FDA warning thrashes Indian drugmaker for filthy plant, data falsification

An Indian drugmaker has halted production of a couple of APIs for the U.S. after FDA inspectors found it was falsifying data at its manufacturing complex near Tamil Nadu, India. That was just the beginning of the problems.

The warning letter for Alchymars ICM was issued two weeks ago after a September inspection uncovered a host of problems including filthy areas, equipment that was badly in need of repair and a quality-control unit that had failed to inspect customer complaints thoroughly. Some of the observations were repeats from an inspection two years earlier.

The FDA acknowledged that the company had agreed to quit producing some products, bring in a consultant to help with data integrity and do a risk assessment of the products it has shipped to the U.S., but it was not enough to keep the FDA from issuing the warning letter. The FDA said the company clearly doesn’t know how to meet FDA standards.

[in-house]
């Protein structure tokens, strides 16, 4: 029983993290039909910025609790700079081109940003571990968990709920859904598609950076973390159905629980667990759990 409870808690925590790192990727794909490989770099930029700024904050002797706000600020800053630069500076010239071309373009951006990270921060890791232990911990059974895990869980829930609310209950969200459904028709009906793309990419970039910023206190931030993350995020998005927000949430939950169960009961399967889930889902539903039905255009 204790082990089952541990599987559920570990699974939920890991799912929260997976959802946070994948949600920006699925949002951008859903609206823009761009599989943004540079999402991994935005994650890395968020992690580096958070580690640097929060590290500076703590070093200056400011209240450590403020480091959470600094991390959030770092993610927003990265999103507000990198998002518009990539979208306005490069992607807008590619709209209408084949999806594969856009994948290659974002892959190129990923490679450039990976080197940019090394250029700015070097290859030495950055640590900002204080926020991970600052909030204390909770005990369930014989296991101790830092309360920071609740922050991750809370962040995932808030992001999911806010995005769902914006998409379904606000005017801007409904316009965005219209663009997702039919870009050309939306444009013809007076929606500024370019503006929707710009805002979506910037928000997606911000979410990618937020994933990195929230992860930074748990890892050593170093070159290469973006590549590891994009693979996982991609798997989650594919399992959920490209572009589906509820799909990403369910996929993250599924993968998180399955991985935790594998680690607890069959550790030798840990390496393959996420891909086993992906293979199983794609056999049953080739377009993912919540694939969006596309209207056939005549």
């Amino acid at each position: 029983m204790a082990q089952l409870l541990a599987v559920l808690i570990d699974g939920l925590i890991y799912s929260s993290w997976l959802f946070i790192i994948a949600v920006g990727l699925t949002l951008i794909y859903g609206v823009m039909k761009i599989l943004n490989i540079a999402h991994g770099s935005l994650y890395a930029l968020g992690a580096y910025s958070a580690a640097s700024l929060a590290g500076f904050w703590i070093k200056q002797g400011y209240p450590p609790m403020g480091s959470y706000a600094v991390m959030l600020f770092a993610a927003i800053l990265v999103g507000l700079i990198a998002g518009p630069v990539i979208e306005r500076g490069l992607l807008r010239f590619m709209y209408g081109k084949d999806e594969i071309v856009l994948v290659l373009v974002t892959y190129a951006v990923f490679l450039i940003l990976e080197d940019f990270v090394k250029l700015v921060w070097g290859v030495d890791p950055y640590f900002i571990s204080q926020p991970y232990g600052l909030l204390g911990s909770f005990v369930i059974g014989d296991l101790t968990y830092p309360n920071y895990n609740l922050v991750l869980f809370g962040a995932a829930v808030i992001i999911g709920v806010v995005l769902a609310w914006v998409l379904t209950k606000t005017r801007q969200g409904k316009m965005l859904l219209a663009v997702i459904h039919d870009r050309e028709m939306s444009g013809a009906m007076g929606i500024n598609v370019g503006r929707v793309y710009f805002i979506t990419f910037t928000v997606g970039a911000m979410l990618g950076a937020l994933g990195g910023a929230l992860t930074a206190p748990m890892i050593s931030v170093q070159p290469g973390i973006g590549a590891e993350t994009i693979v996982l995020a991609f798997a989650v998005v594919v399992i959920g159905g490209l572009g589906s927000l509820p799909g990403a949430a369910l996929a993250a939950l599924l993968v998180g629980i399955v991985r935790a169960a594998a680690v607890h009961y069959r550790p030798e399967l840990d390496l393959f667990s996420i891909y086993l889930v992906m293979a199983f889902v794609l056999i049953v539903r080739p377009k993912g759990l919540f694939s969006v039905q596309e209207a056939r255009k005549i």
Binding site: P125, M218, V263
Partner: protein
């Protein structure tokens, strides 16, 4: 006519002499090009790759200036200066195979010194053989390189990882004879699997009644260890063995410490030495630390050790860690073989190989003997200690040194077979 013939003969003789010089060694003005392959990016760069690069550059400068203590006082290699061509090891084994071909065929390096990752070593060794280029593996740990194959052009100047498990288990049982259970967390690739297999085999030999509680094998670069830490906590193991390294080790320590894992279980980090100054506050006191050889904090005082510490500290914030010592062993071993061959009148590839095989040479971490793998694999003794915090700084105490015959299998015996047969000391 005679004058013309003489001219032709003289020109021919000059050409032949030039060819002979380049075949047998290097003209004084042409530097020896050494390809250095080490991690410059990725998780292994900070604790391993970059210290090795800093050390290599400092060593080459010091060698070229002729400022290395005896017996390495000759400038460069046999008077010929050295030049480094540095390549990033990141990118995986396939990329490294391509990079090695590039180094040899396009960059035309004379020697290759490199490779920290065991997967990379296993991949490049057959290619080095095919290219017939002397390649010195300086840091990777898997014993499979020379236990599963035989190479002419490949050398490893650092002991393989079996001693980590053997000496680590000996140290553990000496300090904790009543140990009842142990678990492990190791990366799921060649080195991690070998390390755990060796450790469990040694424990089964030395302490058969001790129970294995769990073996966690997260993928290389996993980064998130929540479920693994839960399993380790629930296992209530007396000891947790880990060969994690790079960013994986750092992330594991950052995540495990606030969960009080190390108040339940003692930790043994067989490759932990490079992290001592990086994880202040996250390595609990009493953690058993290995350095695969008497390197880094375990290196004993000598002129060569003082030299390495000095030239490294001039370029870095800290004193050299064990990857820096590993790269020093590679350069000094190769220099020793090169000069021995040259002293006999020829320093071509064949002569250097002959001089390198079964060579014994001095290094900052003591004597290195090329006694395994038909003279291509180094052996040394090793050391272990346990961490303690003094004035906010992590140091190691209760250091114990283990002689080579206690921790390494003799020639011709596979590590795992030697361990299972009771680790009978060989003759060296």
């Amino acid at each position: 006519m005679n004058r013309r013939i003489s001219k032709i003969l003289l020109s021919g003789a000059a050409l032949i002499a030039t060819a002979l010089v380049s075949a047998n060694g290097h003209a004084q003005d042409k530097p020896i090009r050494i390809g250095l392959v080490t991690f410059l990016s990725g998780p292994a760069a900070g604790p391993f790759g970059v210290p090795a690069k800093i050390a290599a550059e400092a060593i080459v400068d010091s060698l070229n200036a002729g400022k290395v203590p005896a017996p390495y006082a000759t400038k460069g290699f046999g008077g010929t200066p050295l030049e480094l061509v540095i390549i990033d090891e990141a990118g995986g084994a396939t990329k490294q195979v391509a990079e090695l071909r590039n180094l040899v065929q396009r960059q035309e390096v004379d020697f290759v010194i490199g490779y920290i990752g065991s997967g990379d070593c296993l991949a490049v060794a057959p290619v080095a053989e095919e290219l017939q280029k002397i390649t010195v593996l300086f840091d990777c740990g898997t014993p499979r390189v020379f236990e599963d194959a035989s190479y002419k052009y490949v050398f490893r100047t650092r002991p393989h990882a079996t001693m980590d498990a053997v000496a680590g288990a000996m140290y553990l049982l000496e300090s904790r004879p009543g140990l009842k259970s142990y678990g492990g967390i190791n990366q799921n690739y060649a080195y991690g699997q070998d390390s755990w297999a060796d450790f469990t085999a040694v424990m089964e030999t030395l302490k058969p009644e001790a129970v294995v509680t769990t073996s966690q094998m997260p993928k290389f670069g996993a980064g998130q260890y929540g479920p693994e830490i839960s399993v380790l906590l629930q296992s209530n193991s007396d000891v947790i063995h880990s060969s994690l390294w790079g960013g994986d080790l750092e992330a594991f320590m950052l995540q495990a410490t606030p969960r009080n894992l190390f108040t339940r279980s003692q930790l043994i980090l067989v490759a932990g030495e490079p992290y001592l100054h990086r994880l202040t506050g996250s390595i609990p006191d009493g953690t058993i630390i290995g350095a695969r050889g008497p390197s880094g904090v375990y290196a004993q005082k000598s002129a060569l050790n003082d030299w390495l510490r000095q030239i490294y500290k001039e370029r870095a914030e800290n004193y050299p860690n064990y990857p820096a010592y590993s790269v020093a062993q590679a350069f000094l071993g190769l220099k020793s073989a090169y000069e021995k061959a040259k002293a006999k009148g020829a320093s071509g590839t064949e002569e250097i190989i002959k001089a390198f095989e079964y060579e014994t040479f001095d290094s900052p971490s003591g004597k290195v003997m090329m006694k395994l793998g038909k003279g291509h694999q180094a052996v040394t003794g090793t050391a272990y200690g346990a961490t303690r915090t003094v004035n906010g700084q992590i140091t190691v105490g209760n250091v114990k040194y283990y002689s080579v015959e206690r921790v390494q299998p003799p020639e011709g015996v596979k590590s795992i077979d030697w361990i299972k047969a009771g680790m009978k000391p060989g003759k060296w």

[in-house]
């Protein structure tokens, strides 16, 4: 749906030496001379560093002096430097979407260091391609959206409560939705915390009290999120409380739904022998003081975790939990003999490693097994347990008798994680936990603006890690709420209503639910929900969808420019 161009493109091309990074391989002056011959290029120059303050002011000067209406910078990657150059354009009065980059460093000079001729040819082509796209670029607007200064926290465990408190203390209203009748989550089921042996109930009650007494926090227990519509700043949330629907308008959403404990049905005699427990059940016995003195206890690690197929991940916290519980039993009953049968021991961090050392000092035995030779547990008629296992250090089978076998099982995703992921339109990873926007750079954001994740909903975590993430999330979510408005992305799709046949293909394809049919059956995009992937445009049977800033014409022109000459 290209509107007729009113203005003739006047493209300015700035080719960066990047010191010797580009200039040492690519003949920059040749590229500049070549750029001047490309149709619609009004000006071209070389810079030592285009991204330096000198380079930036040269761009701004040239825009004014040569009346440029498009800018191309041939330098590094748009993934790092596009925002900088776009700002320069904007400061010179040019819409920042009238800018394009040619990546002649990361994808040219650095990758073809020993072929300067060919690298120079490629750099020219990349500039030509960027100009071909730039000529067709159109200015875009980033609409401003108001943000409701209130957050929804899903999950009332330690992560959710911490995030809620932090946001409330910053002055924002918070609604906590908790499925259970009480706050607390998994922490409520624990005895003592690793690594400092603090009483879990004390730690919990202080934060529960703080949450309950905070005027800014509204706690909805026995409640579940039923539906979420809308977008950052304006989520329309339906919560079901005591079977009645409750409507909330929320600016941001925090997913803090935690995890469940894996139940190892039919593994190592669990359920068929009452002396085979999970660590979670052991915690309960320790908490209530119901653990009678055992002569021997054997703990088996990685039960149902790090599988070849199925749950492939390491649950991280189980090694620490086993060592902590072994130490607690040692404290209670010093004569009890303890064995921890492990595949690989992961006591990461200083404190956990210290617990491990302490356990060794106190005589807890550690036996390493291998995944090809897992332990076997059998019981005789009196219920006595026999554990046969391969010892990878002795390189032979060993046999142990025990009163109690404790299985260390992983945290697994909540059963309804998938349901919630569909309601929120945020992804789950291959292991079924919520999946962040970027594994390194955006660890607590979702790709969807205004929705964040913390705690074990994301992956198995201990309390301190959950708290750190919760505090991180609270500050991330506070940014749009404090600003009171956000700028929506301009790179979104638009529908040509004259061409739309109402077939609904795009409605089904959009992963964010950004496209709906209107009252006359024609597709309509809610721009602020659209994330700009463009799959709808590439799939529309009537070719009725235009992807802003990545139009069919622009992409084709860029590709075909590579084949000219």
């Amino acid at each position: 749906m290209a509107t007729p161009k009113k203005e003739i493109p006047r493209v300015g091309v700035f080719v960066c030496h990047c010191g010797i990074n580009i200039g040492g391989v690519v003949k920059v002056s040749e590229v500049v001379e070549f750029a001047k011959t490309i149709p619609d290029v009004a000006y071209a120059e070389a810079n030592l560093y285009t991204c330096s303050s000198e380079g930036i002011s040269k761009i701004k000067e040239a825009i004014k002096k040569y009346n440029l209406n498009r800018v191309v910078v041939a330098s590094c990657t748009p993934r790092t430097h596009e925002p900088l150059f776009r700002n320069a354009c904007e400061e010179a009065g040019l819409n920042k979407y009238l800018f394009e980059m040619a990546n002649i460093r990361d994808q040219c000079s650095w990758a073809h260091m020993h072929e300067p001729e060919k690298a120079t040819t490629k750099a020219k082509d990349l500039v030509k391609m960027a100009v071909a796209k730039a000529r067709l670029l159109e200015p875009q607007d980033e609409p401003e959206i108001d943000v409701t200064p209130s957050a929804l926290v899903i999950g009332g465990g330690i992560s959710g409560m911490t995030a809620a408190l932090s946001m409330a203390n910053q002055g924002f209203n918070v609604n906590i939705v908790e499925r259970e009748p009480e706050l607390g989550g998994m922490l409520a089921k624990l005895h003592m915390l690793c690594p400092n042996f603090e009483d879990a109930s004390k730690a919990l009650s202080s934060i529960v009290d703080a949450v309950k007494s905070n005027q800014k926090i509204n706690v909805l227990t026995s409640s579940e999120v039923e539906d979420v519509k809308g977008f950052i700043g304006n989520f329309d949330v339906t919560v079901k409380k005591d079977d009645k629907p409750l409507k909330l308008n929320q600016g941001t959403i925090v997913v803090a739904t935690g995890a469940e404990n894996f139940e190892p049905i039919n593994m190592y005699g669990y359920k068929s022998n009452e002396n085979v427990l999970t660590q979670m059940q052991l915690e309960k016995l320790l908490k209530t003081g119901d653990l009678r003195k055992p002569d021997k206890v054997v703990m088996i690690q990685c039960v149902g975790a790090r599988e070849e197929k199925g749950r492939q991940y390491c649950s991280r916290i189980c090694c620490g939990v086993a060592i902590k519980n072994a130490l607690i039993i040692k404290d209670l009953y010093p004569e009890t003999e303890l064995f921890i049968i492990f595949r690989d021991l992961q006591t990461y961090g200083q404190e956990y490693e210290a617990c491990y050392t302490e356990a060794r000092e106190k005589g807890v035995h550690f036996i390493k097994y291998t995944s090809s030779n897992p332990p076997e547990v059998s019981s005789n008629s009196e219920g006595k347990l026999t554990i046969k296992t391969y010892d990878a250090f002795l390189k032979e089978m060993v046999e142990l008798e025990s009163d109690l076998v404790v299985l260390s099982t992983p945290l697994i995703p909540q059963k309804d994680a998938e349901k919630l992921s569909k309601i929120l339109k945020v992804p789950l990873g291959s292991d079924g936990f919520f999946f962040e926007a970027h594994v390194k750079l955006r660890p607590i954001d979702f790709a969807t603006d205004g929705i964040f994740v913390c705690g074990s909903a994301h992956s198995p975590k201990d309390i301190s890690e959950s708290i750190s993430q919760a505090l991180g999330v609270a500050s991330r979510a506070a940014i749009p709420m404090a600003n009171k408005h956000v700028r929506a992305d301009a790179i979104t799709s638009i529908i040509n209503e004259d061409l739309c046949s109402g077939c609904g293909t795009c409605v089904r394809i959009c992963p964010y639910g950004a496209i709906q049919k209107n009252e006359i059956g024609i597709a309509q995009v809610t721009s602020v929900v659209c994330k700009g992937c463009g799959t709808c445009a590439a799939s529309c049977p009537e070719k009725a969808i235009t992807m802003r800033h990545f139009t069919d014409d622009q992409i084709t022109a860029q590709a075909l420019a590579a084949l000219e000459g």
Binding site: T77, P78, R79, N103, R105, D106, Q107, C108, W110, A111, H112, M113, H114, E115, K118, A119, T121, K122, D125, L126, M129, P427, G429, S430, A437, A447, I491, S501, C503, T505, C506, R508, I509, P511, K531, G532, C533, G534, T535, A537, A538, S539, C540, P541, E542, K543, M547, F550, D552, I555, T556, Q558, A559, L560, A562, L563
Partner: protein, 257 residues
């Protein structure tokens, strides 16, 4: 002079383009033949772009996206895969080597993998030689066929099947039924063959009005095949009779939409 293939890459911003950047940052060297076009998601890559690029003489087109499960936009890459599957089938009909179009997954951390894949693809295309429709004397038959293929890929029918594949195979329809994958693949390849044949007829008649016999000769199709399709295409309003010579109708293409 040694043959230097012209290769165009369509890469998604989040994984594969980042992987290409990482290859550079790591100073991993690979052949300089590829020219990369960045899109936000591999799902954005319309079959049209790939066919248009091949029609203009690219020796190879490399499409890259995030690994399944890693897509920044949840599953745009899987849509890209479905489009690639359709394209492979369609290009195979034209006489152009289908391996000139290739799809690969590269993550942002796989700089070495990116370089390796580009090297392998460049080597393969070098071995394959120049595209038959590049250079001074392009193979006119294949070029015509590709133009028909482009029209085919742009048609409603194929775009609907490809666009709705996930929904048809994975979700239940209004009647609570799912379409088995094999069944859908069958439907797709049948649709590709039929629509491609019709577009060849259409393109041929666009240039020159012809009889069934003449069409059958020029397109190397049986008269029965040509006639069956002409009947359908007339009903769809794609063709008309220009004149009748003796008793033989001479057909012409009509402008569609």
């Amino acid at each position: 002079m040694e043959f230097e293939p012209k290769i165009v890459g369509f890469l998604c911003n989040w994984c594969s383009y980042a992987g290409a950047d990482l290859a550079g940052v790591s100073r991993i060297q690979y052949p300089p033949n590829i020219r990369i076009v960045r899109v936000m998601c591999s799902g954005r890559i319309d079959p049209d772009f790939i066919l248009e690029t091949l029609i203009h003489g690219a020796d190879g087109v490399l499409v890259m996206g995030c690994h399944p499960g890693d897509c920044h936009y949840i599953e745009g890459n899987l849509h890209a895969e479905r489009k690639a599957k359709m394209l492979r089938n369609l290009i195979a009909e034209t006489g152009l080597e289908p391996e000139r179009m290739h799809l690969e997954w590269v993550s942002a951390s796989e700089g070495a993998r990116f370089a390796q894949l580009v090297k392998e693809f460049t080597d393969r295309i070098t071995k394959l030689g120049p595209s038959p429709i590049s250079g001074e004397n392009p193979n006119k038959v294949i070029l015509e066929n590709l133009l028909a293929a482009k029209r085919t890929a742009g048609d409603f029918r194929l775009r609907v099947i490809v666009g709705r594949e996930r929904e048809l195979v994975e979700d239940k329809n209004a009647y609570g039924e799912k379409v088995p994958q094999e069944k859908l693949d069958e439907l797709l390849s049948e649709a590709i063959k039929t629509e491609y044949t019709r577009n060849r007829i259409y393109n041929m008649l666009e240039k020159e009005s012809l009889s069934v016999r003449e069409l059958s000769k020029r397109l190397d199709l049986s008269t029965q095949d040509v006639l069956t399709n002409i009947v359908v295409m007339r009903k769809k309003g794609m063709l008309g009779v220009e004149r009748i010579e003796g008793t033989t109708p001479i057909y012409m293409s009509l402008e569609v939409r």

“Repeated deficiencies demonstrate that your facility’s oversight and control over the manufacture of drugs is inadequate,” the warning letter said. “Because you failed to correct repeat deviations, we strongly recommend engaging a consultant qualified to evaluate your operations, and assist your firm in meeting CGMP requirements.”

Besides the need to get its data reporting in order, it said a consultant is needed to rework the water system in the complex. Inspectors noted that the company was drastically underreporting colony-forming units on media plates used to test water, including water used to make the API “for sterile injectable dosage forms.”

On top of that, washrooms often didn’t have hot water, soap, or hand-drying equipment, an issue that had been noted two years prior.